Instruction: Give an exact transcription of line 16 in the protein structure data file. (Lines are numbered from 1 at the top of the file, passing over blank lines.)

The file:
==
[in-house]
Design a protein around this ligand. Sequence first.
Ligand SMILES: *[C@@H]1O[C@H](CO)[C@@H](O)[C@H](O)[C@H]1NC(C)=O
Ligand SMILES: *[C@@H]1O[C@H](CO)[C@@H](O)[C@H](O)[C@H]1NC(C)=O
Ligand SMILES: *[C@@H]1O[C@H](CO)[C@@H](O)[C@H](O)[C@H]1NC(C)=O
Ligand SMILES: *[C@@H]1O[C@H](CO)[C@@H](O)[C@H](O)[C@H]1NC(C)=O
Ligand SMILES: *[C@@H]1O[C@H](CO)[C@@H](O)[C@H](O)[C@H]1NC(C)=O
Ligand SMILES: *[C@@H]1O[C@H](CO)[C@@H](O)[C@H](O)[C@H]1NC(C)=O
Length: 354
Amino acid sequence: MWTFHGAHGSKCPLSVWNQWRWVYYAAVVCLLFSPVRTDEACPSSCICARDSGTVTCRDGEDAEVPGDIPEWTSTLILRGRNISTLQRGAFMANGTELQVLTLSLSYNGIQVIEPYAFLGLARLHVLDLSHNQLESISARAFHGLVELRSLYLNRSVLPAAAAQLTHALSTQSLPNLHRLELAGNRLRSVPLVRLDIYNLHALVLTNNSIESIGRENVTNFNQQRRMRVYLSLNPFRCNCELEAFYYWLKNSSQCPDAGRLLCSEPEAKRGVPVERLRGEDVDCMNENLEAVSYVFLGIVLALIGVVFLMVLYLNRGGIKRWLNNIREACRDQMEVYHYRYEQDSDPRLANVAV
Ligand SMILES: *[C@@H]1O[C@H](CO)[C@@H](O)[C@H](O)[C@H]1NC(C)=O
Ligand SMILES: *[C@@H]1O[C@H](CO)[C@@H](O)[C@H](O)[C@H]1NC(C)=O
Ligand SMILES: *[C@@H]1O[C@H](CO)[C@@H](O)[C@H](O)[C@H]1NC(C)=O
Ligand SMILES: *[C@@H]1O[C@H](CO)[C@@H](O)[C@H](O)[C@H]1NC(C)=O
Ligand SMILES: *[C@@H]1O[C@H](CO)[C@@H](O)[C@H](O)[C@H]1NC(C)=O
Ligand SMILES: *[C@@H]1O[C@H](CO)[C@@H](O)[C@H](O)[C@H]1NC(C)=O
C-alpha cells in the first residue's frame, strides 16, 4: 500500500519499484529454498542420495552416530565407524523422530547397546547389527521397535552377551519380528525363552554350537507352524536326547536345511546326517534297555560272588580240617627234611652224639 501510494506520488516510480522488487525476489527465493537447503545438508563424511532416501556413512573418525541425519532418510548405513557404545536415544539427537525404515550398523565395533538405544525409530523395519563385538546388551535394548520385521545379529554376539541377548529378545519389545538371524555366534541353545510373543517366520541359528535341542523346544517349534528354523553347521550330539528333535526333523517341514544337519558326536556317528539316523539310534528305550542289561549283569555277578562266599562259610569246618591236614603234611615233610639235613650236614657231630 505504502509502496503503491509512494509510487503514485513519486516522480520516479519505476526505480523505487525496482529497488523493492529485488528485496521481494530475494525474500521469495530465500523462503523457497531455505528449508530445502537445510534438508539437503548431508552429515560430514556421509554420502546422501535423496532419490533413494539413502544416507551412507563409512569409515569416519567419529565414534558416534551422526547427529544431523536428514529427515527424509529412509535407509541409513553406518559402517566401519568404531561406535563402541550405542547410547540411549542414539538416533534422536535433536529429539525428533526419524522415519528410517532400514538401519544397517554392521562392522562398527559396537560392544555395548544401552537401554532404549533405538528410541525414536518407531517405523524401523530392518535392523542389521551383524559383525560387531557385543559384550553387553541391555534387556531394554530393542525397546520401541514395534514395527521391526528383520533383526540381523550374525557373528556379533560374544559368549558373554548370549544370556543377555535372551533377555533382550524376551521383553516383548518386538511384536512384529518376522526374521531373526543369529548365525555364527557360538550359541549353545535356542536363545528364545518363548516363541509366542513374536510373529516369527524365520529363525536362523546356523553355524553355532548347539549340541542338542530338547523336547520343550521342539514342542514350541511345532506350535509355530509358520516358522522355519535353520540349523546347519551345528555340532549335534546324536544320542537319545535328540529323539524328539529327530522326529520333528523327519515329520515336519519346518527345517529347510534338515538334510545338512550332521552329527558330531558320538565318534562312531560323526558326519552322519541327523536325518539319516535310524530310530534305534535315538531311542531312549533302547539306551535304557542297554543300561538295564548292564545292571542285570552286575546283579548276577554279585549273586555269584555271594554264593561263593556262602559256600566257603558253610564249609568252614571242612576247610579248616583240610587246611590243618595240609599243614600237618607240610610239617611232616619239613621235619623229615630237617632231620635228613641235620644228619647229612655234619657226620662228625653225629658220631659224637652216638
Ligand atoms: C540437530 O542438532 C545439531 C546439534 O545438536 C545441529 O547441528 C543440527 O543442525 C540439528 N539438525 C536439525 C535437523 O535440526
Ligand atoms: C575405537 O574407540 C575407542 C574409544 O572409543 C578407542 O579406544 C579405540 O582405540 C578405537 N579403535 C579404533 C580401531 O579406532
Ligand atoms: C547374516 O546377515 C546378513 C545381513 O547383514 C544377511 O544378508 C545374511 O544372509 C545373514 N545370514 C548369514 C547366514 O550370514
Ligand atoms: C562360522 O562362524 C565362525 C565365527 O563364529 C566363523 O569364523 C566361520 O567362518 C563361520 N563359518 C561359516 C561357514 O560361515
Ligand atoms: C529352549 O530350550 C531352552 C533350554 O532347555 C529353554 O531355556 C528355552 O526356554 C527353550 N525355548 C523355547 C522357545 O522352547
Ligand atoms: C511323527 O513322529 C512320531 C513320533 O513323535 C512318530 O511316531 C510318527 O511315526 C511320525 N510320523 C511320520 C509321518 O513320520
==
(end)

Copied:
Ligand SMILES: *[C@@H]1O[C@H](CO)[C@@H](O)[C@H](O)[C@H]1NC(C)=O